Why teenagers will be casualties of recession

13th March 2009 at 00:00

With the second reading of the Apprenticeships, Skills, Children and Learning Bill complete, MPs should recognise that 16- and 17-year-olds facing unemployment are the forgotten group of this recession. They have been lost in the debate over the increase - to 850,000 - in 16- to 24- year-olds not in employment, education or training (Neet), and in the responses to rising unemployment: providing 35,000 extra apprenticeship places and Pounds 500 million for recruitment and training subsidies.

The key group are the 16-17s. At the end of 2007, the rate of unemployment among them was 4 per cent (about 53,000), below average for the unemployed as a whole. But it is likely to soar. Labour economists predict young people, who tend to be fired first, will bear the brunt of the recession.

Before the downturn, the level of employer-based apprenticeships for 16- 17s was stagnant. Even if employers could be persuaded that all the extra positions should be just for teenagers, only 8 per cent of them would be in apprenticeships, compared with 5 per cent today.

Significant job losses among the 140,000 teenagers in non-apprenticeship posts could more than offset such an expansion.

Neet numbers could rise for another reason. About half of 16-17s in full- time education work part time. If they lose these jobs and face financial hardship, they could drop out. And where parents lose their jobs and cannot support their children in post-16 education and training, and with jobs in short supply, they could add to the figures.

Early in the year, there was speculation that the Government would raise the education and training participation age to 18 from this September, rather than raise it to 17 in 2013, and to 18 in 2015. Such a move implies that an extra 190,000 young people would have to participate in education and training. Even to raise the age to 17 implies an extra 65,000 16-year- olds in education and training.

However, this cannot eradicate youth unemployment. Those unable to find a job could still choose unemployment rather than a spell of full-time education. By raising the participation age, they would be labelled as truants who were unemployed rather than Neet.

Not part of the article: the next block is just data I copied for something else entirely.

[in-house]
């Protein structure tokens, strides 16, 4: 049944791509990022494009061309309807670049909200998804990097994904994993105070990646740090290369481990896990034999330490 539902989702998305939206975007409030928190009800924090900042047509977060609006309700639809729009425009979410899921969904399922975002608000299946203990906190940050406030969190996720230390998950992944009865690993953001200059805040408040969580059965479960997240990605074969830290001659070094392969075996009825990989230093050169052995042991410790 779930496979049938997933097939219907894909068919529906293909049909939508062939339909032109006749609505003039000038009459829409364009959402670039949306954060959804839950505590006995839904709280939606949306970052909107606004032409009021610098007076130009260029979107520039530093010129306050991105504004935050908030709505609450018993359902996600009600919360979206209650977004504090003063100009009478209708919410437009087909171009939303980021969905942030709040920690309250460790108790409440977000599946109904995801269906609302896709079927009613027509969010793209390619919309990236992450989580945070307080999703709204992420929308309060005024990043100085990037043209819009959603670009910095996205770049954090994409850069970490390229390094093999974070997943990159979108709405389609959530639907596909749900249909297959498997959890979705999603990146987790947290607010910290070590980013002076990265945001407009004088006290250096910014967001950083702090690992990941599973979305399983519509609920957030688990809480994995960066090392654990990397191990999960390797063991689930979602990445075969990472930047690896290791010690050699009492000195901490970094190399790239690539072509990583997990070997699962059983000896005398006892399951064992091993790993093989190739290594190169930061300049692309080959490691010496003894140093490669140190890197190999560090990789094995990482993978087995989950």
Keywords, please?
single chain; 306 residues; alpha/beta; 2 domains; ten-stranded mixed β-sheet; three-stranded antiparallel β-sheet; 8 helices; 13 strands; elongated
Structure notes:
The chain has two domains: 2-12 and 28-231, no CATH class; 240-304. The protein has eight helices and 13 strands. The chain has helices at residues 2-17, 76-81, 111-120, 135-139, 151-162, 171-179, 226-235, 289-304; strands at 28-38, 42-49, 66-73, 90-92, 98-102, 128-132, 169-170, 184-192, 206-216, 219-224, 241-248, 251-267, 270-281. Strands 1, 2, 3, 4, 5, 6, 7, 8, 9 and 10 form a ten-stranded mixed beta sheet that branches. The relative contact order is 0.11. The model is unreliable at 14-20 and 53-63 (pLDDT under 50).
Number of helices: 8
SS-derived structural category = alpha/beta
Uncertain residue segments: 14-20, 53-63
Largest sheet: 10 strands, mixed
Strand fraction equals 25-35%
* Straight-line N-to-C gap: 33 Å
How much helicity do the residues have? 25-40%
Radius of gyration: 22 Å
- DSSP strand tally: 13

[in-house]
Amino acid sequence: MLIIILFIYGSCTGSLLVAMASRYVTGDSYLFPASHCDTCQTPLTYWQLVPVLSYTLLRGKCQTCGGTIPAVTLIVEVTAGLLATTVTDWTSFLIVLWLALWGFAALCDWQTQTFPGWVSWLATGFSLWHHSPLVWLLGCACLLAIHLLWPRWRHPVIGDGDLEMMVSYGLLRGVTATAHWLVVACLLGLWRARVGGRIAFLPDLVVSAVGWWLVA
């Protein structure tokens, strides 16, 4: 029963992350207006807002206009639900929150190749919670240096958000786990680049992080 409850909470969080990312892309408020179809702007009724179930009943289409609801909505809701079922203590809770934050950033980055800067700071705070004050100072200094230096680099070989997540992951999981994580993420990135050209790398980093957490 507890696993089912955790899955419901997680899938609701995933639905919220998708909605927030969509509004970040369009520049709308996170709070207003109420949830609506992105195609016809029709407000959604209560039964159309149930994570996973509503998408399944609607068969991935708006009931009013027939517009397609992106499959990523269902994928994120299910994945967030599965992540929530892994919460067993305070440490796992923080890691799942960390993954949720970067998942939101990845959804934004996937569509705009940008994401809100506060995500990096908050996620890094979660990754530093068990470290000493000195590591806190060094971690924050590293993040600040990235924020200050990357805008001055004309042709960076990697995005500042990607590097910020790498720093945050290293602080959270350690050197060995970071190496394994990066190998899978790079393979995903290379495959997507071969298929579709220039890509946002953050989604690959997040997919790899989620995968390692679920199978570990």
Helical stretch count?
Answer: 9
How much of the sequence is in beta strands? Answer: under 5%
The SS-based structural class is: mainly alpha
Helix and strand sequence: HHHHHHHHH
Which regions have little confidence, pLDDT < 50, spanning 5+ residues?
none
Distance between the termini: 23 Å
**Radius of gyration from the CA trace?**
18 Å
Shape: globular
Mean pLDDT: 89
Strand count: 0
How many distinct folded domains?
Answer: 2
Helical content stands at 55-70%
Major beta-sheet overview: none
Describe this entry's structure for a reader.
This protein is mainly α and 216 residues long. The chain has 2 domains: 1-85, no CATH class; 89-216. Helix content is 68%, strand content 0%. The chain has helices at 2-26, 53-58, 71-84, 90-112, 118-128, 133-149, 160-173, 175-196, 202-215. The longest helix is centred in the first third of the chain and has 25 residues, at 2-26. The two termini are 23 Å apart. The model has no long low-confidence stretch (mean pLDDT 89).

Increasing the participation age this September is obviously linked to Labour's legacy. Labour may not win the next general election and Opposition support is at best lukewarm, at worst hostile.

Yet such a move would be too much, too soon. Rather than raise the participation age this September, the Chancellor should announce in April's budget a jobs and skills plan specifically for 16-17s. A report by the CfBT Education Trust - Raising the Participation Age: Keeping it on Track - says such a plan is vital to help unemployed 16-17s today, but also to leave an opportunity, after the general election, for a government positively disposed to the idea to raise the participation age to 17 in 2013.

Key to the plan should be a skills initiative providing programme-led, work-based learning, supplementing any demand for employer-based apprenticeships for 16-17s. Also, the value of education maintenance allowances should be raised from Pounds 30 a week so that 16-17s in full-time education losing part-time jobs do not drop out. And a premium EMA rate should be paid at 17 to encourage 16-year-olds at FE colleges to stay on after gaining a vocational level 2 qualification and progress to level 3, or enter the new youth skills programme, in readiness for the upturn.

Mark Corney, Director of MC-Consultancy.

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